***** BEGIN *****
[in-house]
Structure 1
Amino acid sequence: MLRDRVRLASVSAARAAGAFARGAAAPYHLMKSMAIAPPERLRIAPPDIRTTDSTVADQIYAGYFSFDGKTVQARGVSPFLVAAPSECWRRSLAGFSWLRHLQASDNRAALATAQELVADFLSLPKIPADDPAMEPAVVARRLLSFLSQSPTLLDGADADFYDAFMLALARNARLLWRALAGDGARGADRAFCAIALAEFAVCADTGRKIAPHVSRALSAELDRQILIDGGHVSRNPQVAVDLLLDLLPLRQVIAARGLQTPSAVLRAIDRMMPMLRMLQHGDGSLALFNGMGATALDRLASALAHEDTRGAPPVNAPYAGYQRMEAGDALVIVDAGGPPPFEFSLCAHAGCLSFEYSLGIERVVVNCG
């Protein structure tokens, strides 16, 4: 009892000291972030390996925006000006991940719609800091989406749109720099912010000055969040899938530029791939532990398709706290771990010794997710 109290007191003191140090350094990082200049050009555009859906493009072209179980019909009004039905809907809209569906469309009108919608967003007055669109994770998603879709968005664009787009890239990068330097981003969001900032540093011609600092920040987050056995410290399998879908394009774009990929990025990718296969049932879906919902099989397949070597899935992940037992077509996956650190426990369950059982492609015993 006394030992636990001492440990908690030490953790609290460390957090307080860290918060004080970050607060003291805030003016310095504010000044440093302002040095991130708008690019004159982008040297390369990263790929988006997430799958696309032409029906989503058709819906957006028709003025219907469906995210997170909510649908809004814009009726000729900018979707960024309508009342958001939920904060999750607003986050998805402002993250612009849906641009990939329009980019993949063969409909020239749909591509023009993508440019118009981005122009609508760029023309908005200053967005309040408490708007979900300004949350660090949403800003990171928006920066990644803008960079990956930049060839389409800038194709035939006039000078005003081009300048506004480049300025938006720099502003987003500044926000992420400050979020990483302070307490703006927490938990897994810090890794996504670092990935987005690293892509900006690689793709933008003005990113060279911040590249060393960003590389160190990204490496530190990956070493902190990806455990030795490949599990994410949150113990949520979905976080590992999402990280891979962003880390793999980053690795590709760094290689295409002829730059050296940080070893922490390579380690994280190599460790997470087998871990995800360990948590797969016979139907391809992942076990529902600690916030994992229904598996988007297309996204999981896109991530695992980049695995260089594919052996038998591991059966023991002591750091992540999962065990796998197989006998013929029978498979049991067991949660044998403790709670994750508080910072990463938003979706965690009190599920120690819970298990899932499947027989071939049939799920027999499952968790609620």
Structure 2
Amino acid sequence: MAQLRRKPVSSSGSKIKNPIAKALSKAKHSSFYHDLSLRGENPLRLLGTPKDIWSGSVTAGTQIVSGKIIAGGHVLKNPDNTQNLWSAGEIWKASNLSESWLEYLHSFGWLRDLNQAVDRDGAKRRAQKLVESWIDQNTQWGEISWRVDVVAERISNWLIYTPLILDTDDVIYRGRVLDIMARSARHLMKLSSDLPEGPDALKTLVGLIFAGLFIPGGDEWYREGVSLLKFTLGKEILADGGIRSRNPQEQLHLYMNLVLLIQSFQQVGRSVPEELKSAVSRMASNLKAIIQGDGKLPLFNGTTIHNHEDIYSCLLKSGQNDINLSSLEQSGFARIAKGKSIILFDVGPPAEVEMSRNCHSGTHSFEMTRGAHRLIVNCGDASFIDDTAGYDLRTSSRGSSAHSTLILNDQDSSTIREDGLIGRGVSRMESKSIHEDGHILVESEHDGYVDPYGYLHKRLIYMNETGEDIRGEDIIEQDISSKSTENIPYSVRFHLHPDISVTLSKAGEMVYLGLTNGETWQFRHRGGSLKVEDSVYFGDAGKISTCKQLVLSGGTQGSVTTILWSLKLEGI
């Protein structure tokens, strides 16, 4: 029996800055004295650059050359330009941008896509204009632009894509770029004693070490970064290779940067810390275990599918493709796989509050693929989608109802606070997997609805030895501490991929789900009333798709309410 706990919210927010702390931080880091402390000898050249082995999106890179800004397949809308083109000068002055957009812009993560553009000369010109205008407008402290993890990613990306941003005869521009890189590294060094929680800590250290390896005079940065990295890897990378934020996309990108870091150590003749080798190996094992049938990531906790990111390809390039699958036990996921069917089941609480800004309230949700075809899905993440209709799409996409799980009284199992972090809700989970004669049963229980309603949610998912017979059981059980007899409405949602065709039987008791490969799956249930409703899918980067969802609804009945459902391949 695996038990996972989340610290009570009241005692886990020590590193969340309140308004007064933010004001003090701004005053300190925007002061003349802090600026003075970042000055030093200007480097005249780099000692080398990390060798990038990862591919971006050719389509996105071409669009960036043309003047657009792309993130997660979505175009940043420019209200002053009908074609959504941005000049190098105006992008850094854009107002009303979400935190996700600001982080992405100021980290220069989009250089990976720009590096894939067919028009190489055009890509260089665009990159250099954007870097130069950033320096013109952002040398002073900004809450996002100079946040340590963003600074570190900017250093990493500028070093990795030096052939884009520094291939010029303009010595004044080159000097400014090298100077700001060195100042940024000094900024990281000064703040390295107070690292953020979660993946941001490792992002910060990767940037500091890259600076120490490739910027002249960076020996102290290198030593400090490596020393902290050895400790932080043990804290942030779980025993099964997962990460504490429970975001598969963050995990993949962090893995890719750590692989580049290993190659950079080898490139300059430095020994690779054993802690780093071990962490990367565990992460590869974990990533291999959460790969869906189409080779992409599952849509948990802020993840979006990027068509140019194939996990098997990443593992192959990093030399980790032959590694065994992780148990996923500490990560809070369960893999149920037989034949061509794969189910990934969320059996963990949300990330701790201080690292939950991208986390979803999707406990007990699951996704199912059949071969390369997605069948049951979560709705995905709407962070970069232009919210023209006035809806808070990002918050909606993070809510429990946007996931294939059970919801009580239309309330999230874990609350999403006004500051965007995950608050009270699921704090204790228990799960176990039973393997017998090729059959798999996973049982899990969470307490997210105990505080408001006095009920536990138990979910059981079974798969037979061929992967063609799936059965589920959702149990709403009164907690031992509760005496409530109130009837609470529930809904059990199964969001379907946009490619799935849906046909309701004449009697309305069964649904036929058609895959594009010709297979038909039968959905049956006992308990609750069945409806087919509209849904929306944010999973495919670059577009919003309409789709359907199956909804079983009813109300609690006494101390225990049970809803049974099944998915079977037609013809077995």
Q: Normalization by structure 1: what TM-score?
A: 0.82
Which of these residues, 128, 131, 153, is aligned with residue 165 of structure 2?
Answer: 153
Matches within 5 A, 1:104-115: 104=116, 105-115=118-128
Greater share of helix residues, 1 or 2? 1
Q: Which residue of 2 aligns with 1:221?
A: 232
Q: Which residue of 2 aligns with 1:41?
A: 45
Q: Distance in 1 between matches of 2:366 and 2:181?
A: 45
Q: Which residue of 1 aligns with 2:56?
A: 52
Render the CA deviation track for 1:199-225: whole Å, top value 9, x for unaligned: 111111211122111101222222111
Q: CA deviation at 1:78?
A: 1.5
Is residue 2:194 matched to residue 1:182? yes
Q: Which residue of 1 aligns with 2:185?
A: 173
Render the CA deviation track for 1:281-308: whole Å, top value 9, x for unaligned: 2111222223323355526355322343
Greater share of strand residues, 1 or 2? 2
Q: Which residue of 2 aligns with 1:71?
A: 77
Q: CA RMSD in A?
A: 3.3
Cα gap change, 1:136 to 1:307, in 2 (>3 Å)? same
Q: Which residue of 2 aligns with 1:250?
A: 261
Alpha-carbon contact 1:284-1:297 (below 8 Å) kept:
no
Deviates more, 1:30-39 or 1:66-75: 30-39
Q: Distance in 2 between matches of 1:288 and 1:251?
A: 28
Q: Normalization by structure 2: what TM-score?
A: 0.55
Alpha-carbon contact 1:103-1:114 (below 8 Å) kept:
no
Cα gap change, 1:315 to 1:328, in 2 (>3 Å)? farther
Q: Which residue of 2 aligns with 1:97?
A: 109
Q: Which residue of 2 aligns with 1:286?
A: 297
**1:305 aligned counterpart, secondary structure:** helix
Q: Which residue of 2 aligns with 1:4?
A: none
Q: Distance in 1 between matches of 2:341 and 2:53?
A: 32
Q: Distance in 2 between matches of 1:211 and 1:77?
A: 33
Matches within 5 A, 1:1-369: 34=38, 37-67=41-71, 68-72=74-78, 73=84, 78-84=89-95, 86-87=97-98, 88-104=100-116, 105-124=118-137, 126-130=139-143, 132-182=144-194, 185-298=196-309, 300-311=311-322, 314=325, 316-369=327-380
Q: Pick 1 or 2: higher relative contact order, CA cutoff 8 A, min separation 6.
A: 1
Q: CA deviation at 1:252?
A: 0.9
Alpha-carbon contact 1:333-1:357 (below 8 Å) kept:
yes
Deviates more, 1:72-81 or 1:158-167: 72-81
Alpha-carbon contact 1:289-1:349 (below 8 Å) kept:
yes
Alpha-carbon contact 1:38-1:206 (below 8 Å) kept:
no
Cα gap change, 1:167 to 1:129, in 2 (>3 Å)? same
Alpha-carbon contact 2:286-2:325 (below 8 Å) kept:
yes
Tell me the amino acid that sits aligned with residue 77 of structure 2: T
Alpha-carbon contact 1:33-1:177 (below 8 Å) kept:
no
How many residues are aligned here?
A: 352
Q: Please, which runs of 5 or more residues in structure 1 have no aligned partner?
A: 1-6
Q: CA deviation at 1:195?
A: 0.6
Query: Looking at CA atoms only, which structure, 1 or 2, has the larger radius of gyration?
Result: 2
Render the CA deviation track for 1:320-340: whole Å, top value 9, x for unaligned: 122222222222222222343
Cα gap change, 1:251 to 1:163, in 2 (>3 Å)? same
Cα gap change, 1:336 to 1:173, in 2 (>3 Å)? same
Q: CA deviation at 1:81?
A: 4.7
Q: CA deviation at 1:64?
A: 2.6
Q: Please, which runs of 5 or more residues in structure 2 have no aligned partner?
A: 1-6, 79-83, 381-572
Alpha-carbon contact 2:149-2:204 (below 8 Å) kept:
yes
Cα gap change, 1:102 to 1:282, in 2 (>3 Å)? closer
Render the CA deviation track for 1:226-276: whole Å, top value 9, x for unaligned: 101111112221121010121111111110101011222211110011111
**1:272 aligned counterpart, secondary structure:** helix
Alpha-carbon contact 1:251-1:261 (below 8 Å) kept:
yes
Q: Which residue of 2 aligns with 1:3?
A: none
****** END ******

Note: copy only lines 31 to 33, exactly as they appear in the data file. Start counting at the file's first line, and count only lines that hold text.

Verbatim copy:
A: 77
Q: CA RMSD in A?
A: 3.3